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Oct 12, 2006

Genzyme’s $13.5-per-share Proposal to AnorMED Deemed Superior

  • Genzyme subsidiary Dematal will amend its tender offer to acquire all AnorMED’s outstanding shares by, among other things, increasing its bid from $8.55 per share to $13.50 per share and extending the expiry date to November 1, 2006, according to an irrevocable offer to AnorMED to enter into a form of support agreement

    After Genzyme upped its offer, “our board of directors, in consultation with its strategic initiatives committee and the advice of our financial and legal advisors and in accordance with our support agreement with Millennium, has determined that Genzyme’s and Dematal’s proposal is a superior proposal,” says Kenneth Galbraith, AnorMED’s chairman of the board and interim CEO.

    “Millennium now has three days to determine whether or not to match or exceed the Genzyme proposal. If they match or exceed the proposal, we will support Millennium’s revised offer. If Millennium decides not to match Genzyme’s proposal, then our board will enter into the proposed form of support agreement negotiated with Genzyme.”

    In addition, if AnorMED’s board accepts a superior proposal after Millennium decides not to match such a proposal, Millennium may be entitled to a payment of $19.5 million from AnorMED.

    Genzyme and Dematal have agreed to enter into the support agreement before 5:30 p.m. (EST) on October 17, 2006 or 12 hours following the termination of AnorMED’s support agreement with Millennium, which ever comes first.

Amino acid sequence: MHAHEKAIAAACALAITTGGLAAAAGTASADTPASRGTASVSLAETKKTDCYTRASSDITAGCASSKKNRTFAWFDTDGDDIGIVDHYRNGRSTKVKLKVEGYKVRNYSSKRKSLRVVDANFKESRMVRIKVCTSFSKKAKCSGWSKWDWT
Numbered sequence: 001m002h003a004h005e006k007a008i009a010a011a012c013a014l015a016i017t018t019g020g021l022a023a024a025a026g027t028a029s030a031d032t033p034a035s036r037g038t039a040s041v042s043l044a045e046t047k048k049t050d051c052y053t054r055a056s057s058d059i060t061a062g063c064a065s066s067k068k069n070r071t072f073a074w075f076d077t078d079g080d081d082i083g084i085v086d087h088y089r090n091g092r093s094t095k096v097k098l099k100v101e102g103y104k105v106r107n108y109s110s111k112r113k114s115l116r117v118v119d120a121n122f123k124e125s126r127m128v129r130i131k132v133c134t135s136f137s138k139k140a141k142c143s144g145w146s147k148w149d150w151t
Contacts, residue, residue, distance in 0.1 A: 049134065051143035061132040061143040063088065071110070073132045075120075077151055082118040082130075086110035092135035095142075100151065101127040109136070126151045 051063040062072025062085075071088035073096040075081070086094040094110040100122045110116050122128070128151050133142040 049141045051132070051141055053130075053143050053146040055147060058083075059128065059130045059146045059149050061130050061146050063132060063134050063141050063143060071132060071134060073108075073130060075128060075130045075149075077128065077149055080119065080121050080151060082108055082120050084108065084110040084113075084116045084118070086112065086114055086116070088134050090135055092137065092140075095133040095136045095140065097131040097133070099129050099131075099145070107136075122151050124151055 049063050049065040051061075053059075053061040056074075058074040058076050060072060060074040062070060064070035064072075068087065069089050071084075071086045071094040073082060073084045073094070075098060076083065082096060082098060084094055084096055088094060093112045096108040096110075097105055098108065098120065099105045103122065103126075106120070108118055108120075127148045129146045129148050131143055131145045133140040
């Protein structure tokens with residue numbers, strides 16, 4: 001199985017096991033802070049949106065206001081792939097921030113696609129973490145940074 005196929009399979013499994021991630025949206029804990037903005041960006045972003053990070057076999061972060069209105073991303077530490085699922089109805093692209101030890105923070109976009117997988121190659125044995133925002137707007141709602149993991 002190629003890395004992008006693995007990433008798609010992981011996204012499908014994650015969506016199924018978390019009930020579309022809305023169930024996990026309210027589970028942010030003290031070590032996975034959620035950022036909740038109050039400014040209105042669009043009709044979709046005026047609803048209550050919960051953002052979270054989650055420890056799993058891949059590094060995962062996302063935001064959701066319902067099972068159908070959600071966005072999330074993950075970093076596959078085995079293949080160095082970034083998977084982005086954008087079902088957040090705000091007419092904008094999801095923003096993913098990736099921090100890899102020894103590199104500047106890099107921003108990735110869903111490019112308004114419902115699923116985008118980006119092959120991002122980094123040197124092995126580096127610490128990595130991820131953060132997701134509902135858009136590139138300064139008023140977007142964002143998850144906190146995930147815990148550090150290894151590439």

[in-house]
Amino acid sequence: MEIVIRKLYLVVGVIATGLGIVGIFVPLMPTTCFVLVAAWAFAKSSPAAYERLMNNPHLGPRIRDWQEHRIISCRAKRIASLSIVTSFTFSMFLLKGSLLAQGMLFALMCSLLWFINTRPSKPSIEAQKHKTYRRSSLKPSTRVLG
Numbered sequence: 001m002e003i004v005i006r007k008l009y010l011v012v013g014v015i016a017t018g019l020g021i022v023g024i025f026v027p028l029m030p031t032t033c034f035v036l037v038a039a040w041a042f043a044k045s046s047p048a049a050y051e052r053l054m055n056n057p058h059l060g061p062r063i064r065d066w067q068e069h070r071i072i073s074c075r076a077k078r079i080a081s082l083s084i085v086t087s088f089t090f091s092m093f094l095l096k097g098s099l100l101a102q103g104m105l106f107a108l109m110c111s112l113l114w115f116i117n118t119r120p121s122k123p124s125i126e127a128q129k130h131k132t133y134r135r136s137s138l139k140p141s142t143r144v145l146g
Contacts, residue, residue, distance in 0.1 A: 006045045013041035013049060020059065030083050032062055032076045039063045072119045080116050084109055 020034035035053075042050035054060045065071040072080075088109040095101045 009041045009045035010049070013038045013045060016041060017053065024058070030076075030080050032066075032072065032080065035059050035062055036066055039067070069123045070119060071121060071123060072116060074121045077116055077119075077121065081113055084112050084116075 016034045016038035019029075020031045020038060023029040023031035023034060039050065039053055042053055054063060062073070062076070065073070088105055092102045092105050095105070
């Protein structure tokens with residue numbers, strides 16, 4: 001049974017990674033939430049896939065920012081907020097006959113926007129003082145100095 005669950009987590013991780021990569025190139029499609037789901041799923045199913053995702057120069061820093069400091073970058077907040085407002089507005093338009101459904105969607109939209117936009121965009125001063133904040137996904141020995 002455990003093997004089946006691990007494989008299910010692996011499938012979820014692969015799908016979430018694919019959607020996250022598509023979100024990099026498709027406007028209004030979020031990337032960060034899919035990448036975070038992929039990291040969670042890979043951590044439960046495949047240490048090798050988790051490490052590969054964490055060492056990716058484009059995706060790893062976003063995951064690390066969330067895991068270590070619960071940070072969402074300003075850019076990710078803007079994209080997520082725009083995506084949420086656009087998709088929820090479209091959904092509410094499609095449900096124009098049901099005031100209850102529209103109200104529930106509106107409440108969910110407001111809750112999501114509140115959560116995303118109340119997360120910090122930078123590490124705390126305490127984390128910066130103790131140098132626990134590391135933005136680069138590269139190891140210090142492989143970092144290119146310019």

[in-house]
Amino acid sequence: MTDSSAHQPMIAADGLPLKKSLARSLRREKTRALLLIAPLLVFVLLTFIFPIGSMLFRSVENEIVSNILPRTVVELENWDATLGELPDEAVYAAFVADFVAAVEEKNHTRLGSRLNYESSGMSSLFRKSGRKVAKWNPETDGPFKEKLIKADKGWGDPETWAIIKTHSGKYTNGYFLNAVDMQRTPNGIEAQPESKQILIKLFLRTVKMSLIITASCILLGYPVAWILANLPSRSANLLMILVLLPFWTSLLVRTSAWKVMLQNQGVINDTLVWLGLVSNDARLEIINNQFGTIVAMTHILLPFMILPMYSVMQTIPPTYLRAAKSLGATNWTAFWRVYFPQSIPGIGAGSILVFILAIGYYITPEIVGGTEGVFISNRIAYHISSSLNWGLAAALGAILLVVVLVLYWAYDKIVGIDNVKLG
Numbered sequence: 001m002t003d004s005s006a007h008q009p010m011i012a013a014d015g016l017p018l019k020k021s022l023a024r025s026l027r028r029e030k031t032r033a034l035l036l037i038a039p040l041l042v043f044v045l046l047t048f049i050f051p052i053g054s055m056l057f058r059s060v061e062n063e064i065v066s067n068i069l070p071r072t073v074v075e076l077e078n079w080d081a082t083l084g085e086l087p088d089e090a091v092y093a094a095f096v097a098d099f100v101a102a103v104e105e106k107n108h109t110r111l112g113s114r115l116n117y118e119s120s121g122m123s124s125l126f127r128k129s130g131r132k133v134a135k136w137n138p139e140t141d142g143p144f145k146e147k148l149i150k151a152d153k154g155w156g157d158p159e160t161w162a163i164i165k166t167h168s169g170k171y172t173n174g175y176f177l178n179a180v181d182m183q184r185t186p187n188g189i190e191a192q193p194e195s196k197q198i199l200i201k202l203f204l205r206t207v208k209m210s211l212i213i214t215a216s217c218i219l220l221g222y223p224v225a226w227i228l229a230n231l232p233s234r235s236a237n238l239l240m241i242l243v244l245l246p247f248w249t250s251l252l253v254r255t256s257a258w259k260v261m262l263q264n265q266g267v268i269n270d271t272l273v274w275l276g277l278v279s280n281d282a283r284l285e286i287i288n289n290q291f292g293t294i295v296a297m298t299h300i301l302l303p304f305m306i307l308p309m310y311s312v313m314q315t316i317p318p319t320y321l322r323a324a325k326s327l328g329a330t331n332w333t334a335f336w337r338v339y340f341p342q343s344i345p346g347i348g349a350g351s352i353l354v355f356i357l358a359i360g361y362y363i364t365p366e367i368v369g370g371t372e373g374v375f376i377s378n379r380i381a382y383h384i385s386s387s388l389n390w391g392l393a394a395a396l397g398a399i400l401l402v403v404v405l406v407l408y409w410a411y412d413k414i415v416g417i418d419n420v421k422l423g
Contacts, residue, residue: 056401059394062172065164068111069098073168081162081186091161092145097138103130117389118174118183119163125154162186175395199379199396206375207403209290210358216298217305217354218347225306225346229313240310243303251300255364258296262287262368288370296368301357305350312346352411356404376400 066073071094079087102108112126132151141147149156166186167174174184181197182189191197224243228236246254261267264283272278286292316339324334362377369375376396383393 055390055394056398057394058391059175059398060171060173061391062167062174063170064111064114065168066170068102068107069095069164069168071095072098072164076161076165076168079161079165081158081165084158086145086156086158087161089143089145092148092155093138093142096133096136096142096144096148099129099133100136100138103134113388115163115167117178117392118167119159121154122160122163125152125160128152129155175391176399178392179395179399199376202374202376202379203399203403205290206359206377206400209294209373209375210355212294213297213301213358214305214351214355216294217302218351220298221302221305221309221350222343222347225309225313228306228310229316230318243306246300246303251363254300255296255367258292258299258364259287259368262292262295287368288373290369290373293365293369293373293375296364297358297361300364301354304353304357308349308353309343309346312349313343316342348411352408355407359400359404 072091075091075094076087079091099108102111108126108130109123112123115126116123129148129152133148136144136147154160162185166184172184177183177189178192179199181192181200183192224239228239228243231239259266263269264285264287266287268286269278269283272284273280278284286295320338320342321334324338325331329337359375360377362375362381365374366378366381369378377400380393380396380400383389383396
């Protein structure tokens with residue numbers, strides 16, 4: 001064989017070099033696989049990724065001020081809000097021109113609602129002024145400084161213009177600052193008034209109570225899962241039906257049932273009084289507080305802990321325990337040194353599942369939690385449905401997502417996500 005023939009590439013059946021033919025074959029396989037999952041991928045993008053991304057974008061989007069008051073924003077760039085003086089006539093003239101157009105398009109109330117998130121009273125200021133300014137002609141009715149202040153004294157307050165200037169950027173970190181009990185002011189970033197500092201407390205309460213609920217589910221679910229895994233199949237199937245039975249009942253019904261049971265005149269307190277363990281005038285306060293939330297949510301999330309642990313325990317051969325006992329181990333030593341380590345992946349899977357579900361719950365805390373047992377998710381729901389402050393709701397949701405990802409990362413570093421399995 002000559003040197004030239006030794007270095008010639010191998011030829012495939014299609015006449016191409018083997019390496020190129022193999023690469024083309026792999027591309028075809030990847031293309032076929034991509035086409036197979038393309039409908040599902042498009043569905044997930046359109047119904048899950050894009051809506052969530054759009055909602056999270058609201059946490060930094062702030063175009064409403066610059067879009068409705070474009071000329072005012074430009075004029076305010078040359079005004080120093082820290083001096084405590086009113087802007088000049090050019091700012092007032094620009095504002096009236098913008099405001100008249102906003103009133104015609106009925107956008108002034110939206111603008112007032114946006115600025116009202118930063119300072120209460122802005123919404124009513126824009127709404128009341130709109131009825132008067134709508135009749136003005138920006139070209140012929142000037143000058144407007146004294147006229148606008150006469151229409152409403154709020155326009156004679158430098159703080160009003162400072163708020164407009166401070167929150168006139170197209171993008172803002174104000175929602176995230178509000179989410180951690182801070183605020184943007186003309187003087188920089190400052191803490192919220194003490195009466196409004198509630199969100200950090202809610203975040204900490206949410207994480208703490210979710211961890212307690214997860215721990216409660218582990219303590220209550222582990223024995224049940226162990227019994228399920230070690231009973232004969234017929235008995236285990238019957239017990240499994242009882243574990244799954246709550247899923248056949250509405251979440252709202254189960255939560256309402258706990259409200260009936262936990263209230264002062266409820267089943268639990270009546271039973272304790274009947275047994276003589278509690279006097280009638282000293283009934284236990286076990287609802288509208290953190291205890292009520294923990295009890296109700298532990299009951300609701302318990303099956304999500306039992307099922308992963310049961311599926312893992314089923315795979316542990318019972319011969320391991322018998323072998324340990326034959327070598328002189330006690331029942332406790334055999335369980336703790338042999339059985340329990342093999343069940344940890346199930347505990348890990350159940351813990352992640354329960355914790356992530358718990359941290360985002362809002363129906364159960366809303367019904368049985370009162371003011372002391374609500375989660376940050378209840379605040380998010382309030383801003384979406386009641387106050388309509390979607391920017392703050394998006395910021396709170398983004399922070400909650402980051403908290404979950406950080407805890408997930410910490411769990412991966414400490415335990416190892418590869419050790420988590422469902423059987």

AnorMED’s board is required to review any proposal by Millennium to amend its tender offer to determine, after receiving the advice of its financial and outside legal advisors, whether such a proposal from Millennium would result in Genzyme’s proposal no longer being a superior proposal.

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Scientifically Studying Ecstasy

MDMA (commonly known as the empathogen “ecstasy”) is classified as a Schedule 1 drug, which is reserved for compounds with no accepted medical use and a high abuse potential. Two researchers from Stanford, however, call for a rigorous scientific exploration of MDMA's effects to identify precisely how the drug works, the data from which could be used to develop therapeutic compounds.

Do you agree that ecstasy should be studied for its potential therapeutic benefits?

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